Auguste Rodin Critical Reception

Full Name:
Francois-Auguste-Rene Rodin
Short Name:
Date of Birth:
12 Nov 1840
Date of Death:
17 Nov 1917
Sculpture, Drawings
Metal, Clay
Art Movement:
Paris, France
Auguste Rodin Critical Reception Page's Content
Auguste Rodin


Auguste Rodin is one of the best known sculptors to have ever lived and his popularity throughout his own lifetime is unusual in the art world. Whilst being acceptable and still pushing the boundaries of modern art Rodin became known to many as the Father of modern sculpture. Though, work was not always easy for the artist who came up against some harsh criticism during his early career. Today Rodin is still held in high regard and his sculptures are among the most renowned in the world.

Auguste Rodin During Life

Quick Fact
Accusations that Rodin had not carved his early life-sized work led the artist to create larger than life human forms in his future offerings.
Monument to Balzac
Monument to Balzac
Auguste Rodin
The initial reception for Rodin's first public work was not at all positive. However, this wasn't because his work was different or unfashionable, instead it was due to the realism which encapsulated Rodin's early style.

The Vanquished which would later become known as The Age of Bronze was admitted to the Paris Salon in 1877 and critics found the realism of the piece suspicious and accused Rodin of making a cast of a model, rather than carving the original by hand. The accusation of this artistic faux-pas was unfounded but the rumors persisted for some years, ultimately forcing Rodin to change the name of the sculpture in question when he exhibited it later on in his career.

Although Rodin's career reached astronomical heights in his later life some of his works of art were met with terrible criticism. His Monument to Balzac, for instance, became something of an obsession for Rodin, with the artist producing many studies of the man, culminating in his 1898 study for the Literary Society of Paris. The result was a distorted take on the writer and was met with disbelief, ridicule, and outrage. As a result Rodin moved the sculpture to his studio outside Paris and refused to let it ever be cast in bronze while he lived.

Although Auguste Rodin did suffer some embarrassing criticism during his lifetime he also met a great deal of praise for his work which was so popular that in 1900 the aristocrats of Paris organized the author to have his own pavilion at the World Exhibition (Exposition Universelle) that year which demonstrated not only the artist's impressive output but also the high standing in which his art was held.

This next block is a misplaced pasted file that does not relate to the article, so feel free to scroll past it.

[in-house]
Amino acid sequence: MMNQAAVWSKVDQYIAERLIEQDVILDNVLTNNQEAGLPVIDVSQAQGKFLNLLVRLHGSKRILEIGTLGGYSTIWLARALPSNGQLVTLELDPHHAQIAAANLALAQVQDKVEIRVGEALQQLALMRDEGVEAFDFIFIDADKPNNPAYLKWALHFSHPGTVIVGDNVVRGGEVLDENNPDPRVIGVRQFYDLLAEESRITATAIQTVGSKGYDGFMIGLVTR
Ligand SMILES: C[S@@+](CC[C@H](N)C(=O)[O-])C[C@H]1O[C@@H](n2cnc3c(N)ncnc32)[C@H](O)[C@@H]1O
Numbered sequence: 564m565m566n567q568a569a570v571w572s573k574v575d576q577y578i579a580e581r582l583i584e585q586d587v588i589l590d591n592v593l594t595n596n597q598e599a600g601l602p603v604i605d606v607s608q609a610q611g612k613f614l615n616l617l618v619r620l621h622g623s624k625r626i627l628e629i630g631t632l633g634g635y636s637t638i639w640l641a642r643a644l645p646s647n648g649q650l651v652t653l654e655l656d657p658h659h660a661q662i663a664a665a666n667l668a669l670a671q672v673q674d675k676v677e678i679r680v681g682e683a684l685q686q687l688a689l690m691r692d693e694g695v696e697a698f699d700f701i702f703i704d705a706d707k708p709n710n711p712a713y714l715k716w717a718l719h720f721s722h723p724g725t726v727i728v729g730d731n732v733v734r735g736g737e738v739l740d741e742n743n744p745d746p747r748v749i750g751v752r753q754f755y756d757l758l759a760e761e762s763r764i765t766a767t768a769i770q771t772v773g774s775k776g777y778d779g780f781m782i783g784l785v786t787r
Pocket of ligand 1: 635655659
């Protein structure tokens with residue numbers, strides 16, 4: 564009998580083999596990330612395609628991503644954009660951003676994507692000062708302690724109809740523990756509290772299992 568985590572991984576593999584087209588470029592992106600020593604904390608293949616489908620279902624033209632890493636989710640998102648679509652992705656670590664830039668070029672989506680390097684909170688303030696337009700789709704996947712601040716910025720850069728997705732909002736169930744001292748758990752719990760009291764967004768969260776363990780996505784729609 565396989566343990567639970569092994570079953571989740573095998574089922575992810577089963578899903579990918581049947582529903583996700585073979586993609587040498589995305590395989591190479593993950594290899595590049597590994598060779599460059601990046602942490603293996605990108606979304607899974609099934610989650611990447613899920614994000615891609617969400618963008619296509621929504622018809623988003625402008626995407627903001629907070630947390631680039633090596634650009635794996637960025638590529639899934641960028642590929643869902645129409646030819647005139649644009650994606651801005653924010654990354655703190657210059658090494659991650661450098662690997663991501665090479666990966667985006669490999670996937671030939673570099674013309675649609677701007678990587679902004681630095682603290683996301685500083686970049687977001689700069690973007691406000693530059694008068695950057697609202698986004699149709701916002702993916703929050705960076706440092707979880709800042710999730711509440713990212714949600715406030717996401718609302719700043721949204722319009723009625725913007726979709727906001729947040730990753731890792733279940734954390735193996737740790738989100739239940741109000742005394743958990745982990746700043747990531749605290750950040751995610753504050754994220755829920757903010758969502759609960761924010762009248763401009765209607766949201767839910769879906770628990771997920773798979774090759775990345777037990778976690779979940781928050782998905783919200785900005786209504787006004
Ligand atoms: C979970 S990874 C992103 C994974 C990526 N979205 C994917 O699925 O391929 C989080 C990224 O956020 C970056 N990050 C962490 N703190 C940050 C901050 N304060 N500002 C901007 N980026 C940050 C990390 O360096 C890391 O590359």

Rodin's influence should also be considered when discussing the critical reception he received as an artist. The Parisian government was willing to let Rodin stay in the Hotel Biron in return for the artist's estate after his death. Undoubtedly, Rodin's estate would have been far more valuable than the land in question.

Auguste Rodin After Death

The Walking Man
The Walking Man
Auguste Rodin
20th Century Reception:
Although Auguste Rodin's funeral was one which demonstrated his esteem, the popularity of his art waned substantially in the decades following his death. This was due to a change in aesthetic value and the growing influence of Post-Impressionism and Symbolist artist.

21st Century Reception:
Today, Rodin is held in high regard once again and the modern interest in his work stems as much from his scandalous personal life as for the revolutionary style of his art.

Rodin is hailed as the most important sculptor of modern times. Furthermore, the feeling of incompletion in some of his works, such as The Walking Man, went on to influence more abstract sculptural forms throughout the twentieth century.

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